Wherever Aidan Proietto went, the cube wasn’t far. Even on a family trip to the beach.
Now the sun was getting lower and his uncle, down from Long Island and amazed by his nephew’s abilities, was itching to stir up some fun.
"I’ll bet you five dollars he can do this thing in under 30 seconds," Uncle Mario told a group of tourists, who hadn’t necessarily invited this exchange, at Caddy’s on the Beach on Treasure Island. He pointed at the mild-mannered teen and planted a cube on their table.
Most would call it a Rubik’s Cube, the brand name for the original twisting cube puzzle with nine colored squares a side. It has confounded millions since first becoming a craze in the 1980s, even coming to symbolize genius in pop culture. Will Smith’s character in The Pursuit of Happyness convinces a stockbroker to give him a coveted internship because he solves a Rubik’s cube in the length of a taxi ride.
Proietto has done it in 12.6 seconds in competition. His fingers flew until red, yellow, orange, blue, green and white were perfectly aligned.
The people paid up. So did another group. Another group wasn’t convinced, so they scrambled the cube themselves, not realizing it has 43,252,003,274,489,856,000 possible positions. They could have scrambled for five minutes or five years. Didn’t matter. Proietto solved it again, easily.
Proietto, 15, has solved the cube with his eyes closed for spectators along Beach Drive. He has solved it underwater in his family’s pool in the span of a breath. He has sat at their long black dining room table in St. Petersburg wearing a blindfold and noise canceling earmuffs solving 39 cubes in a row without looking, unlocking their scrambled patterns in his mind.
"It’s just … fun," said Proietto, a freshman at Canterbury School of Florida. He isn’t a big talker until you get him going on cubing and the world rankings. He’s currently No. 180 in blindfolded, multi-cube solving, out of around 8,000. In Florida, he has the record.
He’s part of a growing community of cubers born in the internet age, driving a resurgence in this tactile, plastic puzzle from an era of Pac-Man and Cabbage Patch Kids they don’t remember. Many come to it online, where cubing videos go viral on YouTube and cube memes and tips get passed around on Facebook. Unlike 30 years ago, guides to solving it are only a click away.
It’s a weird synergy over eras. Proietto posts blindfolded solving videos on the internet, dazzling viewers with a fad from the Reagan years, using a memory technique from two millennia ago.
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Solving the cube is simple. At least, it is according to every competitor asked during Florida Feast, a speed cubing competition held the Saturday after Thanksgiving in the cavernous, cement-floored cafeteria at Postcardmania, a direct mail marketing company in Clearwater.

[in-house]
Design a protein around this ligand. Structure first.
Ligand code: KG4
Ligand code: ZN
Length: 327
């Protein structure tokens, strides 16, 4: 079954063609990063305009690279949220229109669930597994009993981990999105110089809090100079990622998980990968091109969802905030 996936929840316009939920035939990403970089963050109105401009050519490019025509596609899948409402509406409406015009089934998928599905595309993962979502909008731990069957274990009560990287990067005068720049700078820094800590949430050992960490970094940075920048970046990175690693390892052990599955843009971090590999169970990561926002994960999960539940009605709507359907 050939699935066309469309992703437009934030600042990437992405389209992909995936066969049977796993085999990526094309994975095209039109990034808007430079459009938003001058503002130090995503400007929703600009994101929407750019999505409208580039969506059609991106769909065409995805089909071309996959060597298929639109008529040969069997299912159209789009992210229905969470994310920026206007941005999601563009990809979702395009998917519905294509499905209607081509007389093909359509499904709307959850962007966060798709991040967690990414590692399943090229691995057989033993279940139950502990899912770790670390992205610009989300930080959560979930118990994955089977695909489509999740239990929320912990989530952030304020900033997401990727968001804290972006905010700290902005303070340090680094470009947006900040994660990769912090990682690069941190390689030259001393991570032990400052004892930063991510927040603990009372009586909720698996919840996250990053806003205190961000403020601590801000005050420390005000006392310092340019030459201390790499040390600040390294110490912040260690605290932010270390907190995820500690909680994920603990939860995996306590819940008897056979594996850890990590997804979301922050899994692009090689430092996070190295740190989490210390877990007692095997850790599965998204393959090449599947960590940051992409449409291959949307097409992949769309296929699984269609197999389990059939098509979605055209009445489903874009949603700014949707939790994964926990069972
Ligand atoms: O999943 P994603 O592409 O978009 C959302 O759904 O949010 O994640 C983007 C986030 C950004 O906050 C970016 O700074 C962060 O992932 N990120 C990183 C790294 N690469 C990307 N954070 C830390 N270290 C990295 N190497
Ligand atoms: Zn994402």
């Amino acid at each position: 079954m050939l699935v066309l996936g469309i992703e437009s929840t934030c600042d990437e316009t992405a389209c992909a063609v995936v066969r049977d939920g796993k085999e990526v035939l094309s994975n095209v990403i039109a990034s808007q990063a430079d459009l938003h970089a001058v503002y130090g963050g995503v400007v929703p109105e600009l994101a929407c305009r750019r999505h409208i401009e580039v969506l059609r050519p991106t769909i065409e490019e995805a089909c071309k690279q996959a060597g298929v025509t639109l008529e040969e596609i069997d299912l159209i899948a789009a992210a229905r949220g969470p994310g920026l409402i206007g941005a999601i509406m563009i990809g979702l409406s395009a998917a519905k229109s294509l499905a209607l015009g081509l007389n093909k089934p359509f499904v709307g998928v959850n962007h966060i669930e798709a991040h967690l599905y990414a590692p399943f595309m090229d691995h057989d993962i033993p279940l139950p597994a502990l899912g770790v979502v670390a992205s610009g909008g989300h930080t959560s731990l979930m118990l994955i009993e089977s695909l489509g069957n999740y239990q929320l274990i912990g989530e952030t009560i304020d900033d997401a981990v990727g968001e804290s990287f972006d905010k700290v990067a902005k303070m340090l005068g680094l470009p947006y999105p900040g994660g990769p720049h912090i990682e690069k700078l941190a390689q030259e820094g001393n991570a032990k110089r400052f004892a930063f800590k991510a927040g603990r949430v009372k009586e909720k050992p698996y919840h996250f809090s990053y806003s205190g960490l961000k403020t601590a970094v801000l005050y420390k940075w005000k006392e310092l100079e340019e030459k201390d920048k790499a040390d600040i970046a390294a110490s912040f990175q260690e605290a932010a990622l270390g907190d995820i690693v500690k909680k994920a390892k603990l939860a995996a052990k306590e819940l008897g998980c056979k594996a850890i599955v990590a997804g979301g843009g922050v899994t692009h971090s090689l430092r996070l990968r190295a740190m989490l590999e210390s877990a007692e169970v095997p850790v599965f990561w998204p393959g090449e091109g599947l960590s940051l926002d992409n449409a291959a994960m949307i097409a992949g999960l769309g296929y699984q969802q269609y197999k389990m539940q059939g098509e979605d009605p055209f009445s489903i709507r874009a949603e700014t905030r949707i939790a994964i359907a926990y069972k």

The plastic click-click-clicking from every direction sounded like a scrum of photographers snapping shots on a red carpet as young people twisted cubes and they spilled from backpacks over every surface. There were standard 3x3s, smaller 2x2s, "cubes" shaped like pyramids and cylinders, cubes with 20 tiny squares on each side and "gem cubes" that incorporated hexagons with 14 faces. There were vials of cube oil, special cube covers and puzzling mats connected to timers.
"It’s really easy to solve one," said Tal Egosi, 13, of Lutz, record time: 17 seconds."Yeah, all you have to do is memorize an algorithm," added Sarasota’s Ethan Ooi, 11, record time: 21 seconds.
"No way. I can’t do that thing," said Janlouis Rivera, there from Tampa cheering his son, Robert Rivera, 12, record time: 28 seconds. "He tries to explain it to me. He’s dumbing it down, and it still sounds like another language."
It’s true, figuring it out on your own is impossible for most humans. The cube has 20 moving pieces, and every twist moves eight, right at the edge of what the brain can keep track of. But by following a guide to existing methods, an average person can solve a cube in a few hours to days, and solve it without looking at the instructions in a week.
Going fast is another story.
"It’s like when someone sees someone run really fast. They’re amazed at the speed, but not at the fact that they’re running," said Matthew McMillan, a spokesman for the World Cubing Association, the worldwide sanctioning body for competitive cubing, record time: 9.9 seconds. "With cubes, people think only a genius can solve it. That adds to the amazement, but it’s not really the case."